In re Thirty-Third Statewide Investigating Grand Jury, PICS Case No. 14-0252 (Pa. Feb. 18, 2014) Castile, J. (41 pages).

SUPREME COURT

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ADMINISTRATIVE LAW

Discovery • Attorney-Client Privilege • Work Product

In re Thirty-Third Statewide Investigating Grand Jury, PICS Case No. 14-0252 (Pa. Feb. 18, 2014) Castile, J. (41 pages).

The Pennsylvania Supreme Court held that the Dauphin County Court of Common Pleas did not err in determining that the attorney-client privilege and the work product doctrine did not preclude the production of documents by the Pennsylvania Turnpike Commission sought by the Pennsylvania Office of Attorney General in a grand jury proceeding. The Supreme Court further held the commission was not entitled to a privilege log screening process it had proposed.

The OAG had been conducting a statewide grand jury investigation into whether criminal statutes had been violated by the commission, its employees and others, in connection with the commission's employment and procurement practices. During its investigation, the OAG had issued subpoenas to the commission and third parties. The commission produced a substantial number of documents in response to the subpoena, but with regard to certain documents, the commission invoked the protections of the attorney-client privilege and the attorney work product doctrine. The commission sought to negotiate with the OAG for production of the material through the use of a privilege log, but the OAG rejected that proposal. The commission then filed a motion for a protective order with the supervising judge of the grand jury, seeking to prevent disclosure of the allegedly protected materials. The commission argued that it could invoke the attorney-client privilege because such privilege were applicable to all attorneys and their clients, and nothing in Pennsylvania law eliminated or otherwise modified privilege for commonwealth agencies. The OAG argued it was entitled to unfettered access to all requested items and that the attorney-client privilege and work product doctrine did not protect records of a commonwealth agency from a grand jury subpoena.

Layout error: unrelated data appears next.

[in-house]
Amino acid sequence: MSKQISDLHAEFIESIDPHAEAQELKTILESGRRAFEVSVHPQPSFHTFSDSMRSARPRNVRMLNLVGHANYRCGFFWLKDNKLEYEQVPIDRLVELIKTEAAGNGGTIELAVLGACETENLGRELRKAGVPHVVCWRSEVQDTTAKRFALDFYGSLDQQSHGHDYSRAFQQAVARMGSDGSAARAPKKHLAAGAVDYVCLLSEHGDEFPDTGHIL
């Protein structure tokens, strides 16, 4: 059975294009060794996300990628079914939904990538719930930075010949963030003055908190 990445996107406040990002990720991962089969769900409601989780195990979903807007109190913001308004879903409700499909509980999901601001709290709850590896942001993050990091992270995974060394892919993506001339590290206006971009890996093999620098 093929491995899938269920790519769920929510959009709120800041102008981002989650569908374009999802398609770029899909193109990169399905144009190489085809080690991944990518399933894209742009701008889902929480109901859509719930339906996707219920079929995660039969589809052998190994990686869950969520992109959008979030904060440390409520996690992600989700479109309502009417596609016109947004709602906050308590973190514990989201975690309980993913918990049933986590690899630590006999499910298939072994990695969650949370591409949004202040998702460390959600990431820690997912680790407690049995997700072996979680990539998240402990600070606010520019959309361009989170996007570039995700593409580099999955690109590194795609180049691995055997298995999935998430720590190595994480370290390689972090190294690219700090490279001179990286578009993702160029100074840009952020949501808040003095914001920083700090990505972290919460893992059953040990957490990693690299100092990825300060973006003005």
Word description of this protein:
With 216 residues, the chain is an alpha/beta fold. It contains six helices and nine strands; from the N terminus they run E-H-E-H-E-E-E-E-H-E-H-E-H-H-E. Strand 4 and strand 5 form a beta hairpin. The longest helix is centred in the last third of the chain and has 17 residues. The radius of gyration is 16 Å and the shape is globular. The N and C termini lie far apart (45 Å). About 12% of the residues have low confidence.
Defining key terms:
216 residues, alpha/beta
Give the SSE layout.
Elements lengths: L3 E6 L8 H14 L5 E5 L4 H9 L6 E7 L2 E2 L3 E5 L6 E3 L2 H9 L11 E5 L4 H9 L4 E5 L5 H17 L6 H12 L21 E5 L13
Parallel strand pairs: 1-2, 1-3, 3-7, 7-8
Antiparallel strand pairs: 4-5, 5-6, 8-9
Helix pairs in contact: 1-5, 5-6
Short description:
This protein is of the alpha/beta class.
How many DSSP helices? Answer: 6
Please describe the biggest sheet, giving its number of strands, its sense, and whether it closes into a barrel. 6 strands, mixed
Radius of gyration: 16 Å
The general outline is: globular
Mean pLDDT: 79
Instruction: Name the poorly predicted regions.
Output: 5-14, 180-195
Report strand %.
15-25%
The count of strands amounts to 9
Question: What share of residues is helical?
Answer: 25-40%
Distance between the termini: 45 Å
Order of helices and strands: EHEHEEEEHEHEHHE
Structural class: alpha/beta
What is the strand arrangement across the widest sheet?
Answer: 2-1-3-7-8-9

The supervising judge denied the protective order, concluding that the OAG had the right to access all the requested material. The commission then filed a petition for review. This case did not involve a final order, but the supreme court accepted the commission's petition for review to consider the question of privilege in the context of commonwealth agencies subject to grand jury investigation.

The Supreme Court held that the attorney-client privilege runs to the benefit of the client, but the client in this case was not simply the agency or individual employees of the agency, but rather, the public, whose money was funding the agency's operations. Where the agency itself was being investigated by the commonwealth due to suspicion of wrongdoing, the actual client of the agency's lawyers was the public. The supervising judge did not err in determining the attorney-client privilege did not preclude production of the documents sought by the OAG, nor did it entitle the commission to the privilege log screening process it proposed.

The same rationale applied to the work product doctrine in the context of grand jury proceedings.

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